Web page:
Los Angeles election law restricts how much campaign money a politician can receive from each donor. But the rules are more relaxed for independent expenditure committees: Those groups can support or oppose a candidate by raising and spending unlimited money as long as they don't coordinate their plans with the candidate and his or her campaign.
The two sides are barred from coordinating, in part, to keep political candidates from circumventing campaign finance restrictions by working directly with independent committees able to unleash unfettered spending. Now at least two of the competing campaigns in the race to succeed City Councilman
The reason: An Encino political communications firm sent out press releases for candidate Steve Veres at no cost and later went to work for an independent committee backing his election.
"It shocked me," said Parke Skelton, a consultant for rival candidate Wally Knox. "It's a line that, as a consultant, I wouldn't cross."
The juxtaposition of events has left ethics experts and political competitors questioning whether it provided a chance for the campaign to share information or strategies with the committee — the kind of coordination that is supposed to be barred.
"It just seems outrageous," Knox said. "Do they gain knowledge of the structure and strategies and outlook of the campaign — which they then carry into the independent committee?"
Another candidate in the race, Tomas O'Grady, said the spirit of the law was being violated.
"They may not be coordinating technically," O'Grady said. "But the whole thing smells."
The Veres campaign denies any coordination. California Common Cause Executive Director Kathay Feng said similar switches have happened in national races and appear to be "testing the bounds of what is considered to be independent."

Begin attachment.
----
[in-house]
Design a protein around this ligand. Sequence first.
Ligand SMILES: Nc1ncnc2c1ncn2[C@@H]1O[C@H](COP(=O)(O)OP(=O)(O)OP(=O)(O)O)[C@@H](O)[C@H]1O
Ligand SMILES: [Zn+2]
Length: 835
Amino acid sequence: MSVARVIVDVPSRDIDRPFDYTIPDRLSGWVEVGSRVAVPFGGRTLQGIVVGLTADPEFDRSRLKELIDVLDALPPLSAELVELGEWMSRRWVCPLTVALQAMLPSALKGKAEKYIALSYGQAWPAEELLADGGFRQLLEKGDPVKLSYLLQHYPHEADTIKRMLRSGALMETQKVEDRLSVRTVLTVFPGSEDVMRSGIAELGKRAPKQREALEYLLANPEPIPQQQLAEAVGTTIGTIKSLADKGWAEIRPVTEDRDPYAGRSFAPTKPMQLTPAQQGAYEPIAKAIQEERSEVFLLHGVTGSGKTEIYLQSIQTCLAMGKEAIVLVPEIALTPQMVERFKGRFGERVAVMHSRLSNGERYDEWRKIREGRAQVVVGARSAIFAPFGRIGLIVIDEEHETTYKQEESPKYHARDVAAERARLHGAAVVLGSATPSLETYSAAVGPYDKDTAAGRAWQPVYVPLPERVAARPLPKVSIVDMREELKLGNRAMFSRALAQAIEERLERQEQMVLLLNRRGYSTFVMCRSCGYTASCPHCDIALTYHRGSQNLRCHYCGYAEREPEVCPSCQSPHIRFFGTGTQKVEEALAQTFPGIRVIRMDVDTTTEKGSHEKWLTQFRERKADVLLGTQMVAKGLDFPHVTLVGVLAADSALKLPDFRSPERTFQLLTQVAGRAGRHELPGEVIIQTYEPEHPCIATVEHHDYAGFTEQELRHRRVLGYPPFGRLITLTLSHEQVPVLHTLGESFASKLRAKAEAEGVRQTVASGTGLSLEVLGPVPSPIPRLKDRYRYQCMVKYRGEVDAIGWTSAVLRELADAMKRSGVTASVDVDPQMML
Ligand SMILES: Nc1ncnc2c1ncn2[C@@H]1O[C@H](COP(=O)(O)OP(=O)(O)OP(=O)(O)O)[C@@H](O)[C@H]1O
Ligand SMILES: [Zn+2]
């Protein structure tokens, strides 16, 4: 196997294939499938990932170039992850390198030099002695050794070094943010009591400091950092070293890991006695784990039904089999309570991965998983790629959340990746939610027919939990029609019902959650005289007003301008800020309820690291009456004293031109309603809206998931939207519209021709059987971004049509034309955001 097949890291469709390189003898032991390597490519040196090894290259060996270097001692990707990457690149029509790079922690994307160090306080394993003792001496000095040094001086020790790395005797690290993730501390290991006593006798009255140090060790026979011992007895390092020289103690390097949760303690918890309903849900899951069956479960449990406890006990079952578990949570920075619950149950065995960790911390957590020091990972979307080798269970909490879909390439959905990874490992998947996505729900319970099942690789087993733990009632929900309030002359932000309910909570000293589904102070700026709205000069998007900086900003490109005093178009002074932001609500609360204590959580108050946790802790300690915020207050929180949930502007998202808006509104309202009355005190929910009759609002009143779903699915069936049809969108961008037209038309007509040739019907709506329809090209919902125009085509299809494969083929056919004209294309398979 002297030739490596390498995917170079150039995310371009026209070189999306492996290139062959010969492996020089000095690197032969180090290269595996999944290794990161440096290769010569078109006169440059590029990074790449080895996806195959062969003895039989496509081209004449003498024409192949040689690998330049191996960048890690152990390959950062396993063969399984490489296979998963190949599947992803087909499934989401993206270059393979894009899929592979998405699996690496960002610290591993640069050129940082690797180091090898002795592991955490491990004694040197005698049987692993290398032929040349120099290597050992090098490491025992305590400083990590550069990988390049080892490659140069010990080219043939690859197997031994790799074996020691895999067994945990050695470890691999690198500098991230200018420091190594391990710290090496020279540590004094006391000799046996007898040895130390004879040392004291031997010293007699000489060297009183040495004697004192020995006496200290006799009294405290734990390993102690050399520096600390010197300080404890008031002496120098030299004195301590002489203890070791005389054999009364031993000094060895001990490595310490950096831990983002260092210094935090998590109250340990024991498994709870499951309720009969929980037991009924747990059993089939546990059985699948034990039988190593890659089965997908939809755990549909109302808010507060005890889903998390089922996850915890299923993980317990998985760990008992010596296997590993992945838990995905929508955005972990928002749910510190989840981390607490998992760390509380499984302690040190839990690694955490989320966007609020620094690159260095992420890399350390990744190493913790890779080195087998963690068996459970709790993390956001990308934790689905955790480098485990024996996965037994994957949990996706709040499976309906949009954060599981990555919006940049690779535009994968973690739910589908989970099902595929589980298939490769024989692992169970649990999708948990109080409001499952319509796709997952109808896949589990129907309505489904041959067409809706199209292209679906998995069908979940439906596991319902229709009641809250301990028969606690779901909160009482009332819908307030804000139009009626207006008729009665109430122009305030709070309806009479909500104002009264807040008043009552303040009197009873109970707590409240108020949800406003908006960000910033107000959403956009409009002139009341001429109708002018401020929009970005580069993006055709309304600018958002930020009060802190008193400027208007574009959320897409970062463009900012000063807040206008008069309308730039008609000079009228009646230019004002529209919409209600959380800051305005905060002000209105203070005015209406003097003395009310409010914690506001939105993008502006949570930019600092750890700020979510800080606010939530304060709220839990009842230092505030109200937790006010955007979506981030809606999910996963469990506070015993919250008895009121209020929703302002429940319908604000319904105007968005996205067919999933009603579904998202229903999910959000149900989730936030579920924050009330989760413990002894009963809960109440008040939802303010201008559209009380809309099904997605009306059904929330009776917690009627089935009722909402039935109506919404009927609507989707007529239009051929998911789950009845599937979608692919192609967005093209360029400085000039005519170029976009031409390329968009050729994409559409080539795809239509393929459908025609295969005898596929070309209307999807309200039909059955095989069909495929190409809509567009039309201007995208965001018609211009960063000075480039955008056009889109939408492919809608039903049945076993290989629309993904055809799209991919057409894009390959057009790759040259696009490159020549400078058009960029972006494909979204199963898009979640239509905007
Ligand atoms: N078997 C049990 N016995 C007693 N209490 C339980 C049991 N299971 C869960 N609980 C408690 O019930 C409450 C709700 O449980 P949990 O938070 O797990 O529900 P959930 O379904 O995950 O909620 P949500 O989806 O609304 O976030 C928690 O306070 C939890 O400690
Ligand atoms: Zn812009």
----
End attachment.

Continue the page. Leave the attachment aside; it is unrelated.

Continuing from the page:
"There are so many examples now of people finding the gray area that there is now a big push within the reform community to tighten up and clarify what 'coordination' means," Feng said.
If someone goes from helping a campaign to working on a committee backing the same candidate, she said, "that looks like coordination to the average American. But the law isn't clear about it."
Shallman Communications was listed as the contact on a string of press releases for the Veres campaign starting in September 2013, when the community college trustee announced his candidacy. It continued to send out press releases for months after, promoting many of his early endorsements.
But the campaign never reported any payments to the firm or to Dave Jacobson, the Shallman employee listed on the press releases. The Veres campaign says the media consultants were volunteering their time, distributing material that Veres had written.
"Steve was very heavily pursued by a lot of consultants in town," said Brian VanRiper, Veres' press secretary. "They were helping out in a volunteer capacity."
VanRiper said the volunteering continued through July of last year. Roughly six months later, the same firm started running the media campaign for an independent committee that formed to support Veres — a group called Safe Neighborhoods & Better Schools for Steve Veres.